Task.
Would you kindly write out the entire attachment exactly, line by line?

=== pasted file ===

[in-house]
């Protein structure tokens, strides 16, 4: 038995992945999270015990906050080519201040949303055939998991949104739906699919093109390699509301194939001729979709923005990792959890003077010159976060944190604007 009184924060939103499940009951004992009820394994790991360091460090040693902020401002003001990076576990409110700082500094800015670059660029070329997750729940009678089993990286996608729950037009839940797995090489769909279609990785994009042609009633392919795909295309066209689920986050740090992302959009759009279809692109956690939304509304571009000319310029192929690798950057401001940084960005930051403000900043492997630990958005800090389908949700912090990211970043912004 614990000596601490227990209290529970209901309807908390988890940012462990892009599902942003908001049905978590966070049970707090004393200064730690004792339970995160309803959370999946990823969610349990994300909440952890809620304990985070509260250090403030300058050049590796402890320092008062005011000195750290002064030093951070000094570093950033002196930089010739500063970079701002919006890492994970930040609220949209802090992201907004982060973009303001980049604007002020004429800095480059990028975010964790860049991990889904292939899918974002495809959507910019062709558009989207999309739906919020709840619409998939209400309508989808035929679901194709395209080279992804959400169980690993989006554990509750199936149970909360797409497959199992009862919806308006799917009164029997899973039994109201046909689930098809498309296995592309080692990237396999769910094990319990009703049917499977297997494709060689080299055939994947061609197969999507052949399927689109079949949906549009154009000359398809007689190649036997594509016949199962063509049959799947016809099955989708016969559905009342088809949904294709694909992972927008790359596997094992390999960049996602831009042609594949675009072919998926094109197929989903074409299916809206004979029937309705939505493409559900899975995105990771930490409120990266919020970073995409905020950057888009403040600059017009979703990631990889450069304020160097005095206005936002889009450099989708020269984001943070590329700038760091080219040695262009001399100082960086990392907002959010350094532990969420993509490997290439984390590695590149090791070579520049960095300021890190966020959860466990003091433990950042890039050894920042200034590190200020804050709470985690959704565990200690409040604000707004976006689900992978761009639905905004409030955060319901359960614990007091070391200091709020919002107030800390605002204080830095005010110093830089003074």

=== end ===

[in-house]
């Protein structure tokens, strides 16, 4: 038995992945999270015990906050080519201040949303055939998991949104739906699919093109390699509301194939001729979709923005990792959890003077010159976060944190604007 009184924060939103499940009951004992009820394994790991360091460090040693902020401002003001990076576990409110700082500094800015670059660029070329997750729940009678089993990286996608729950037009839940797995090489769909279609990785994009042609009633392919795909295309066209689920986050740090992302959009759009279809692109956690939304509304571009000319310029192929690798950057401001940084960005930051403000900043492997630990958005800090389908949700912090990211970043912004 614990000596601490227990209290529970209901309807908390988890940012462990892009599902942003908001049905978590966070049970707090004393200064730690004792339970995160309803959370999946990823969610349990994300909440952890809620304990985070509260250090403030300058050049590796402890320092008062005011000195750290002064030093951070000094570093950033002196930089010739500063970079701002919006890492994970930040609220949209802090992201907004982060973009303001980049604007002020004429800095480059990028975010964790860049991990889904292939899918974002495809959507910019062709558009989207999309739906919020709840619409998939209400309508989808035929679901194709395209080279992804959400169980690993989006554990509750199936149970909360797409497959199992009862919806308006799917009164029997899973039994109201046909689930098809498309296995592309080692990237396999769910094990319990009703049917499977297997494709060689080299055939994947061609197969999507052949399927689109079949949906549009154009000359398809007689190649036997594509016949199962063509049959799947016809099955989708016969559905009342088809949904294709694909992972927008790359596997094992390999960049996602831009042609594949675009072919998926094109197929989903074409299916809206004979029937309705939505493409559900899975995105990771930490409120990266919020970073995409905020950057888009403040600059017009979703990631990889450069304020160097005095206005936002889009450099989708020269984001943070590329700038760091080219040695262009001399100082960086990392907002959010350094532990969420993509490997290439984390590695590149090791070579520049960095300021890190966020959860466990003091433990950042890039050894920042200034590190200020804050709470985690959704565990200690409040604000707004976006689900992978761009639905905004409030955060319901359960614990007091070391200091709020919002107030800390605002204080830095005010110093830089003074």